A novel restricted single-isocenter stereotactic body radiotherapy (RESIST) method for synchronous multiple lung lesions to minimize setup uncertainties

Lana Sanford Critchfield, Mark E. Bernard, Marcus E. Randall, Ronald C. McGarry, Damodar Pokhrel

Research output: Contribution to journalArticlepeer-review


Treating multiple lung lesions synchronously using a single-isocenter volumetric modulated arc therapy (VMAT) stereotactic body radiation therapy (SBRT) plan can improve treatment efficiency and patient compliance. However, due to set up uncertainty, aligning multiple lung tumors on a single daily cone beam CT (CBCT) image has shown clinically unacceptable loss of target(s) coverage. Herein, we propose a Restricted Single-Isocenter Stereotactic Body Radiotherapy (RESIST), an alternative treatment that mitigates patient setup uncertainties. Twenty-one patients with two lung lesions were treated with single-isocenter VMAT-SBRT using a 6MV-FFF beam to 54 Gy in 3 fractions (n = 7) or 50 Gy in 5 fractions (n = 14) prescribed to 70-80% isodose line. To minimize setup uncertainties, each plan was re-planned using the RESIST method, utilizing a single-isocenter placed at the patient's mediastinum. It allows for an individual plan to be created for each tumor, using the first plan as the base-dose for the second plan, while still allowing both tumors to be treated in the same session. The technique uses novel features in Eclipse, including dynamic conformal arc (DCA)-based dose and aperture shape controller before each VMAT optimization. RESIST plans provided better target dose conformity (p < 0.001) and gradient indices (p < 0.001) and lower dose to adjacent critical organs. Using RESIST to treat synchronous lung lesions with VMAT-SBRT significantly reduces plan complexity as demonstrated by smaller beam modulation factors (p < 0.001), without unreasonably increasing treatment time. RESIST reduces the chance of a geometric miss due by allowing CBCT matching of one tumor at a time. Placement of isocenter at the mediastinum avoids potential patient/gantry collisions, provides greater flexibility of noncoplanar arcs and eliminates the need for multiple couch movements during CBCT imaging. Efficacy of RESIST has been demonstrated for two lesions and can potentially be used for more lesions. Clinical implementation of this technique is ongoing.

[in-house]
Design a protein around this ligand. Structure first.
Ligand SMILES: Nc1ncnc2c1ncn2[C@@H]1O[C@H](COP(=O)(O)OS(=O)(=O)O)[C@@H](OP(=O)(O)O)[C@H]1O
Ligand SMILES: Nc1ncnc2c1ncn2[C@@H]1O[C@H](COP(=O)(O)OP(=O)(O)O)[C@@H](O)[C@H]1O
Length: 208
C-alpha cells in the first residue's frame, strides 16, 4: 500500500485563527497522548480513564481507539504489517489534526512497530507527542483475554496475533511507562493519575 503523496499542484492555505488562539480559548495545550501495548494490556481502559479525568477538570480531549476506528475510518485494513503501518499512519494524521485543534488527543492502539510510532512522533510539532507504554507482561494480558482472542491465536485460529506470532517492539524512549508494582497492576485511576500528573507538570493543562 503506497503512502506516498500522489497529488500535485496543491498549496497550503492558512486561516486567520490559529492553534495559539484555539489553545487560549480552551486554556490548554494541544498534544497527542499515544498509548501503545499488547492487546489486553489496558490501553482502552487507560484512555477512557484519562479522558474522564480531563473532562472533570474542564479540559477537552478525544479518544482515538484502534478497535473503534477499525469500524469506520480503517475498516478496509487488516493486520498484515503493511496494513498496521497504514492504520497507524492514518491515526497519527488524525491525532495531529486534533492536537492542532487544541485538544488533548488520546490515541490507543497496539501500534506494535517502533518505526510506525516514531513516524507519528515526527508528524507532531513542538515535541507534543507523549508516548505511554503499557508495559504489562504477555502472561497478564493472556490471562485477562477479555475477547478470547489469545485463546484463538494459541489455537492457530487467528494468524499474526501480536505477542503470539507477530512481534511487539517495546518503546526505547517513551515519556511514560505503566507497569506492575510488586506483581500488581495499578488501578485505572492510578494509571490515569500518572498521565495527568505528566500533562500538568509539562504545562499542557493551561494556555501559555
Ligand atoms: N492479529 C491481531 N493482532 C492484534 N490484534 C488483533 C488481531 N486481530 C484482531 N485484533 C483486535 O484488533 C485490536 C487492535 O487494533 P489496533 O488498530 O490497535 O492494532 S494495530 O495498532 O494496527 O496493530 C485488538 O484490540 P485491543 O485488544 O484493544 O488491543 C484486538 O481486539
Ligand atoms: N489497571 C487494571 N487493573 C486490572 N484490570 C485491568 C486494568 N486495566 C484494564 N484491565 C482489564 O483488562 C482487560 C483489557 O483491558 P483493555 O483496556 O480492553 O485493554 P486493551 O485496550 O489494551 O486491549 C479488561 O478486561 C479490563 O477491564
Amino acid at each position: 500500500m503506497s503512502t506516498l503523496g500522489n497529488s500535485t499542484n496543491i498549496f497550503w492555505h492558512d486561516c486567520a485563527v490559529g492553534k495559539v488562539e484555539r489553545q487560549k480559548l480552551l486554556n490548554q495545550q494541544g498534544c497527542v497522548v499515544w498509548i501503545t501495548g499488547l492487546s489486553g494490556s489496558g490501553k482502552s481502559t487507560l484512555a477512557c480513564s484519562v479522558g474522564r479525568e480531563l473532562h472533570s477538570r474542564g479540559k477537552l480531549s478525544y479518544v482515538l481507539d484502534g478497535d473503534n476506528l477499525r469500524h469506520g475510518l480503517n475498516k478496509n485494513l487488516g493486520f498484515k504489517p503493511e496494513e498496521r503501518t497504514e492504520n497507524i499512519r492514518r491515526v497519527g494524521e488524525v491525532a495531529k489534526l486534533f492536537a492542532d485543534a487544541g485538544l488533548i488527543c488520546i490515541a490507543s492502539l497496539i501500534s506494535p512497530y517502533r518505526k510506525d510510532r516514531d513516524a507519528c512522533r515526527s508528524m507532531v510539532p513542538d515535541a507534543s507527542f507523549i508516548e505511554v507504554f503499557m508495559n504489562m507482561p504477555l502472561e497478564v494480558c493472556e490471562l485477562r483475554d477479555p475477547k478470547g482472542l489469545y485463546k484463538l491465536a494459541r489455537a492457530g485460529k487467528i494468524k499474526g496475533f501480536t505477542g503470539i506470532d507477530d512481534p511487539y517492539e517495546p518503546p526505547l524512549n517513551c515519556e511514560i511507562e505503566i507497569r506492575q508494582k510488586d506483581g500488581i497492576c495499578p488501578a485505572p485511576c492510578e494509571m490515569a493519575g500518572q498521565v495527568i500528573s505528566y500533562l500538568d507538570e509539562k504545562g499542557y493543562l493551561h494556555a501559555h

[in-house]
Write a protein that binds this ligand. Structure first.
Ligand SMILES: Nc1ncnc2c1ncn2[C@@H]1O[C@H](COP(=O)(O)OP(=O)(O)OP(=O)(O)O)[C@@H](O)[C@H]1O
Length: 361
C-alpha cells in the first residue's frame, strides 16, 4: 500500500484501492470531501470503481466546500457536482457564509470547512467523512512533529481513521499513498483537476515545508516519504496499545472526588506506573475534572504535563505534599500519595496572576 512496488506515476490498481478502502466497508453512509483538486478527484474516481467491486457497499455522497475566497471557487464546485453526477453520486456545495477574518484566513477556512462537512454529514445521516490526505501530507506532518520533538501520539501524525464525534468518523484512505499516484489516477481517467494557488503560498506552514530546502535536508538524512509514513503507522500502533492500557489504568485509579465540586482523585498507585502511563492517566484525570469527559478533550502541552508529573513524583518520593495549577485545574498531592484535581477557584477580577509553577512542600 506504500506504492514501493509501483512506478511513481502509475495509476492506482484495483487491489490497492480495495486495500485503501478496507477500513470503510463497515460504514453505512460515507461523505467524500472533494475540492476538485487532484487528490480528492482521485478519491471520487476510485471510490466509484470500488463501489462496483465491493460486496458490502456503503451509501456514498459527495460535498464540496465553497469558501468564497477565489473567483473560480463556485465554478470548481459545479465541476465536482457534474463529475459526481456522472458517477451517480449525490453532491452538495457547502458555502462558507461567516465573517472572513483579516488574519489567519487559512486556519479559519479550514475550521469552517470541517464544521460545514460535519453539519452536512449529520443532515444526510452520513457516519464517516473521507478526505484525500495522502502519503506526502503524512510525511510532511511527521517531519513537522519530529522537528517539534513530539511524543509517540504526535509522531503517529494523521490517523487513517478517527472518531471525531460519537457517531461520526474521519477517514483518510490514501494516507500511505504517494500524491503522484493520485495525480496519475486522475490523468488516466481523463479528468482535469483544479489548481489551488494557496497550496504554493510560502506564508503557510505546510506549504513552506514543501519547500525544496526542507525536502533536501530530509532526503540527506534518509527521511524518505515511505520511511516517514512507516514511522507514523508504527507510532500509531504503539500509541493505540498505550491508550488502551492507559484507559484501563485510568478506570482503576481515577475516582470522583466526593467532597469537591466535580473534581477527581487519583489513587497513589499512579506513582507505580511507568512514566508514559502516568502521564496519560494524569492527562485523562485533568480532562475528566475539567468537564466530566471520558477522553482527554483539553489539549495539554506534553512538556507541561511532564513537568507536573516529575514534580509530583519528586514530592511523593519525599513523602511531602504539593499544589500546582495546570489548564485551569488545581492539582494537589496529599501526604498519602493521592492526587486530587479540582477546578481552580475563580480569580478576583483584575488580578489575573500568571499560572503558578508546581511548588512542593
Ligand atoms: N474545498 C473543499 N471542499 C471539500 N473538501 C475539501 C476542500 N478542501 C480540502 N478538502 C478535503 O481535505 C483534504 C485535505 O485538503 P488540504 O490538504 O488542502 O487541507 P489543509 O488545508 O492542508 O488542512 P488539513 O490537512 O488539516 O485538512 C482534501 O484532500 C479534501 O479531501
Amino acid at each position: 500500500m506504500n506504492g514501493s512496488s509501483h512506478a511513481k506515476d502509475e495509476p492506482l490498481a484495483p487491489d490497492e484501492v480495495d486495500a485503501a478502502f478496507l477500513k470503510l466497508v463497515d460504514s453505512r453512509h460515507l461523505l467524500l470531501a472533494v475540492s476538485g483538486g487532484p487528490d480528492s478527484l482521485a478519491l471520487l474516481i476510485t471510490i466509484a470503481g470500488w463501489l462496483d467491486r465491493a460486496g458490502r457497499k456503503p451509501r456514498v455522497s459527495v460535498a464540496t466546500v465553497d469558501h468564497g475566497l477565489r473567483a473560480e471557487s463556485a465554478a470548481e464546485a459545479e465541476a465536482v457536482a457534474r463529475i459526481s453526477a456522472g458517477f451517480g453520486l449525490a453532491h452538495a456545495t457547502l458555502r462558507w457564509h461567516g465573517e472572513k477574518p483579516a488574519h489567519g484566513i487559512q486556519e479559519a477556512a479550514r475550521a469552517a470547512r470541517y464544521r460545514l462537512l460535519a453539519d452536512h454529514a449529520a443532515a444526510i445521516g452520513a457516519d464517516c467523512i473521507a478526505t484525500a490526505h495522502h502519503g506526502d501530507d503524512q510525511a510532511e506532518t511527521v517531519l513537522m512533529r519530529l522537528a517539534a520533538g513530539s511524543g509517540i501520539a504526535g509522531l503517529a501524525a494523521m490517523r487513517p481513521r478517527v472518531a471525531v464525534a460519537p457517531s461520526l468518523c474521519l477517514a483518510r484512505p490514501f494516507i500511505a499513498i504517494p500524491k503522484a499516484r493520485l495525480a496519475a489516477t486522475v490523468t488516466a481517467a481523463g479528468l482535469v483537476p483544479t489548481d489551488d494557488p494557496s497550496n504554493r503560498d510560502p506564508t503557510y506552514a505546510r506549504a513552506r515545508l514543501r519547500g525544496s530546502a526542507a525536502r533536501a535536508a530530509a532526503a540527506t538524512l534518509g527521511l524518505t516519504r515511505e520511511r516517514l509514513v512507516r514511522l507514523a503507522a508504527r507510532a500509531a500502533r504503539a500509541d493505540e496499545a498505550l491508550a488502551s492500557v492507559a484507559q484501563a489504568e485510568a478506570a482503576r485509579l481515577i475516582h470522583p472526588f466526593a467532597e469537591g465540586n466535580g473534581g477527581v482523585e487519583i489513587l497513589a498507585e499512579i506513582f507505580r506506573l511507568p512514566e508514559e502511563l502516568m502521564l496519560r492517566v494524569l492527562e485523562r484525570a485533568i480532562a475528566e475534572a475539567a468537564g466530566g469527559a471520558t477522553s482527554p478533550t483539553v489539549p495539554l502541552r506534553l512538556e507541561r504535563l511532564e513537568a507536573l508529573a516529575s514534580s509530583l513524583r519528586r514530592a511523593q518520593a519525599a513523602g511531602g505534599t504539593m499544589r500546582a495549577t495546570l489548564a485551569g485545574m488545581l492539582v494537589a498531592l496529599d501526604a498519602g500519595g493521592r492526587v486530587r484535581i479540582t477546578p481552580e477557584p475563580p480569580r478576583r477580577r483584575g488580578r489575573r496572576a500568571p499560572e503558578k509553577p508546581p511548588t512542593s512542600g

Original languageEnglish
Pages (from-to)419-425
Number of pages7
JournalMedical Dosimetry
Issue number4
StatePublished - Dec 1 2021

Bibliographical note

Publisher Copyright:
© 2021 American Association of Medical Dosimetrists


  • Lung SBRT
  • Set up errors
  • Single-isocenter
  • Synchronous multiple lesions
  • VMAT

ASJC Scopus subject areas

  • Radiological and Ultrasound Technology
  • Oncology
  • Radiology Nuclear Medicine and imaging


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